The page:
Understanding the acute influence of lifestyle on daily glucose fluctuations
Using Continuous Glucose Monitoring and contextual data to increase insight in unhealthy glucose patterns for individuals with type 2 diabetes (Gluco-insight)
Together, TNO, LUMC, Roche, Ekomenu and Reinier Haga MDC will investigate individual causes of (un)healthy glucose patterns in type 2 diabetes (T2D) patients. Patients will be equipped with a continuous glucose monitor that measures their glucose levels while they continue daily life (observational phase) or do lifestyle challenges such as diet and exercise. Different analysis and modelling techniques will be used to identify individual relations between glucose profiles and lifestyle.
The outcome of this project will pave the way for more personalised lifestyle management support for T2D patients. Such a personalised approach is required as people differ considerably in their biological responses. Additionally, lifestyle modifications have been shown to be effective in a research setting in terms of improving diabetes-related health markers and medication reduction. Further, improving self-management and health of T2D patients not only increases their quality of live, it also supports the affordability of health care.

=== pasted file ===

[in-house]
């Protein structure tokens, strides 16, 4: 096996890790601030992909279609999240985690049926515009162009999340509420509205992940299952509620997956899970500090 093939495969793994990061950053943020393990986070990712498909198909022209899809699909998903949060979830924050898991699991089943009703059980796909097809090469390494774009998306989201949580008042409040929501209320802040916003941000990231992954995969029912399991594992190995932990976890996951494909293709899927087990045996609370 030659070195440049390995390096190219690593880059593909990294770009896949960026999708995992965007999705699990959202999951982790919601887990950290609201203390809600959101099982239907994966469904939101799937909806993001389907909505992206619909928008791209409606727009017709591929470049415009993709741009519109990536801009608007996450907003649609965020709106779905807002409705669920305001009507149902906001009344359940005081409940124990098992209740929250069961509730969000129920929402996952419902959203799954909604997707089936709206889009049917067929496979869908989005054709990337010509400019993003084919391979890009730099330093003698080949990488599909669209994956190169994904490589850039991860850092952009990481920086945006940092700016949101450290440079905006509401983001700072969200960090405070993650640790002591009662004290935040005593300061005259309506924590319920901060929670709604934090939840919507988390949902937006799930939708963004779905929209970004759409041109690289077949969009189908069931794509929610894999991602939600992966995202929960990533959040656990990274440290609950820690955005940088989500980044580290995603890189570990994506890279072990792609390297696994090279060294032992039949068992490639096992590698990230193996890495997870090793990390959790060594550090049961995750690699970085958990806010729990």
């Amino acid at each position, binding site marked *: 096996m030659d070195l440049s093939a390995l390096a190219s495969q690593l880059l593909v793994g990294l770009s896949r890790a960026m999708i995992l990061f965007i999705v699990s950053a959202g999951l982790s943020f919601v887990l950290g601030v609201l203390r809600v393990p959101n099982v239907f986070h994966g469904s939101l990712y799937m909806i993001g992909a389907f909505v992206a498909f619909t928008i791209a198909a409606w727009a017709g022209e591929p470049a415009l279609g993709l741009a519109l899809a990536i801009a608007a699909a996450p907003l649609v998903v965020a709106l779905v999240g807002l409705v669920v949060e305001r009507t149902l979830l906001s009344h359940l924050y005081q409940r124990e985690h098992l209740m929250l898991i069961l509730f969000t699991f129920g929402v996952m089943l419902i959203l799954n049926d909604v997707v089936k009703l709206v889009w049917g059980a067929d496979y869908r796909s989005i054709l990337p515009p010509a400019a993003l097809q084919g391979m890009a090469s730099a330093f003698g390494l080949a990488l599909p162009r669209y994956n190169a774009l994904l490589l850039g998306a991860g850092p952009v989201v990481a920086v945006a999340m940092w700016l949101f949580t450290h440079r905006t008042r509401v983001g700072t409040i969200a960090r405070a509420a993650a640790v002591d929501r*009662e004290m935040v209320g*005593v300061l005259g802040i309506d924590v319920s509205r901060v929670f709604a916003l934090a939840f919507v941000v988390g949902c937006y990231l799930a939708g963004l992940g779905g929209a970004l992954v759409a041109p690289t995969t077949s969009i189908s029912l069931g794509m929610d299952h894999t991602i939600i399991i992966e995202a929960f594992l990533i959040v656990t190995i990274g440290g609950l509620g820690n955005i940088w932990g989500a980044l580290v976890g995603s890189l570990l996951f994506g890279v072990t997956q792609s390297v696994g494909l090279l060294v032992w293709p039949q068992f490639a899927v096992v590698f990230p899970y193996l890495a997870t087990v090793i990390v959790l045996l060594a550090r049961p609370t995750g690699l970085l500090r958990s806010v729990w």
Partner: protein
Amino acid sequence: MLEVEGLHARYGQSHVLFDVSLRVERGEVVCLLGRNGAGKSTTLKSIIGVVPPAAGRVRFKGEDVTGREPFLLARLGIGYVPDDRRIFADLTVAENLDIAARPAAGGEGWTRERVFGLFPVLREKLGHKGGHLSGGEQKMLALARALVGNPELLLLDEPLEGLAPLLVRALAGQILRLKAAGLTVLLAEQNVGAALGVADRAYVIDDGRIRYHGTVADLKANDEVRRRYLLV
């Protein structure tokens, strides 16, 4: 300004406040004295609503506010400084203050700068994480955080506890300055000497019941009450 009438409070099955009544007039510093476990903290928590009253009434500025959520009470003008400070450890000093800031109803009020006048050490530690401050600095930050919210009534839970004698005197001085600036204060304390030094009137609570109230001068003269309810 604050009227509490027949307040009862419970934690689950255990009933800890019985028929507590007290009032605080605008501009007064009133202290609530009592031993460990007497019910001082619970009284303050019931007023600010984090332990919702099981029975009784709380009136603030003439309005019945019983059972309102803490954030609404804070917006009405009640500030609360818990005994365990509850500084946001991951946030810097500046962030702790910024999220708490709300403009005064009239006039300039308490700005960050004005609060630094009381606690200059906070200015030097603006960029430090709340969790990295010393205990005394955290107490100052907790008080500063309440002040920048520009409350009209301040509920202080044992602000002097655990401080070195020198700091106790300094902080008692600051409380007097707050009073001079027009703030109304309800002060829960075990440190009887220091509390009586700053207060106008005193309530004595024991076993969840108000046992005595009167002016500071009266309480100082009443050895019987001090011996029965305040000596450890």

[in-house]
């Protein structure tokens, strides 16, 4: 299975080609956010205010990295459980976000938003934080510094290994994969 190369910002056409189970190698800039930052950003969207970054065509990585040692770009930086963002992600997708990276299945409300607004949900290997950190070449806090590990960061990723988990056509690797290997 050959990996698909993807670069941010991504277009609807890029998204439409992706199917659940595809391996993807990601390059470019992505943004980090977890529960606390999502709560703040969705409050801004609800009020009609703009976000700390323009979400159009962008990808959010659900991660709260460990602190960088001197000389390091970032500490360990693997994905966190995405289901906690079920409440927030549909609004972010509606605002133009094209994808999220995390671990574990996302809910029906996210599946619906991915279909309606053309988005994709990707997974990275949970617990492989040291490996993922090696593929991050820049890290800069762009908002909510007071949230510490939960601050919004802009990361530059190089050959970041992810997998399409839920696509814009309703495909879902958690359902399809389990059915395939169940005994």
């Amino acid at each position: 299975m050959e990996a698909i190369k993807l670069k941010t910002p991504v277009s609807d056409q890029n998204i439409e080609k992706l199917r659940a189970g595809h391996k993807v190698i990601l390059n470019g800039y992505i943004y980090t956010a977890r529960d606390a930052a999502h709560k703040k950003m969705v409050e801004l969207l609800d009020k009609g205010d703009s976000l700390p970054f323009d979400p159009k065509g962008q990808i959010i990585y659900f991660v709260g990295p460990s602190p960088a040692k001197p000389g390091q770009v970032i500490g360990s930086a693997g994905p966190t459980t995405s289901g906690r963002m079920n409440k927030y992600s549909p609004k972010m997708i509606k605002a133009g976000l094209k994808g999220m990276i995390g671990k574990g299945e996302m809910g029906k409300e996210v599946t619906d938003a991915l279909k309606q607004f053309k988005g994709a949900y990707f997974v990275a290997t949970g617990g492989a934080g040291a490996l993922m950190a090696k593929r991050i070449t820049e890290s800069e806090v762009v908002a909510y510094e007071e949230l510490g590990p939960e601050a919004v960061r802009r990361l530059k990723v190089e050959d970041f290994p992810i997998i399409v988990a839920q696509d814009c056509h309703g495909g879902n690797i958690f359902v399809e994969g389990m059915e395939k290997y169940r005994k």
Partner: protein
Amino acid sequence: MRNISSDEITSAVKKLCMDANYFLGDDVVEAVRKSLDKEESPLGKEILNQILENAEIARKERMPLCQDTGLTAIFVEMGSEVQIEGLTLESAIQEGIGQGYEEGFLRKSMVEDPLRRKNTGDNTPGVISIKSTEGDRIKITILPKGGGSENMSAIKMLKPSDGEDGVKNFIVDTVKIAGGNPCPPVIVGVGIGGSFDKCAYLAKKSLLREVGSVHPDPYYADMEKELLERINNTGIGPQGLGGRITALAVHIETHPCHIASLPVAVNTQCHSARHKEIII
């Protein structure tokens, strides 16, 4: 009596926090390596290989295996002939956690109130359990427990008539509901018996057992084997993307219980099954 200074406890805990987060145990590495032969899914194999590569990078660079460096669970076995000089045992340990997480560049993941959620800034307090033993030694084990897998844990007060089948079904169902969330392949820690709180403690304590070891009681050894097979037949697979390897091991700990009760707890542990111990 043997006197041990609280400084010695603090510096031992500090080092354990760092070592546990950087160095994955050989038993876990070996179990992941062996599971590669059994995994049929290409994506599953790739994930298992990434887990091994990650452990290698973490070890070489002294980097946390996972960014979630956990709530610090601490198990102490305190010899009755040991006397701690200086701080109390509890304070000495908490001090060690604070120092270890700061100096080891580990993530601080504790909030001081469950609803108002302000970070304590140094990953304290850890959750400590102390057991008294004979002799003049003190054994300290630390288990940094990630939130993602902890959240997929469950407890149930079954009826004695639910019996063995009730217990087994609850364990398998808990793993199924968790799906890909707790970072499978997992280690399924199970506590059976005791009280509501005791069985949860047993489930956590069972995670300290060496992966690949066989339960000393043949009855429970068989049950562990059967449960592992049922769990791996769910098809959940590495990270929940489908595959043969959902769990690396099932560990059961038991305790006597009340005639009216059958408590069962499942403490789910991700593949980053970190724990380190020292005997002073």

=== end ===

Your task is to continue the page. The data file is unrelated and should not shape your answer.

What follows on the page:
This project provides a first step towards self-management support in improving glucose patterns for people with T2D. The core of the project is an experimental study to acquire continuous glucose data and contextual data during observational and intervention phases. This data is used for analysing and modelling the influence of contextual variables on glucose profiles. As no golden standard exists, several techniques will be applied with the aim to explain individual (N-of-1) glucose patterns, and to identify individual predictors of (un)healthy glucose parameters. These methods include physiological modelling, Bayesian networks (N-of-1), and machine learning techniques. The models will be subjected to in-silicotests to look at their strengths and weaknesses and potential to be used in self-management support tools.
In the end this project will offer a rich dataset of factors affecting glucose patterns, as well as models explaining (parts of) the complexity of individual glucose patterns. These models could allow for more accurate, tailored lifestyle advice. Additionally, the in-silicotests will provide insight in the minimal required dataset for such tailored advice, which can contribute to improved personalized T2D management. Potentially, this project strengthens the business case for glucose pattern-based e-health applications.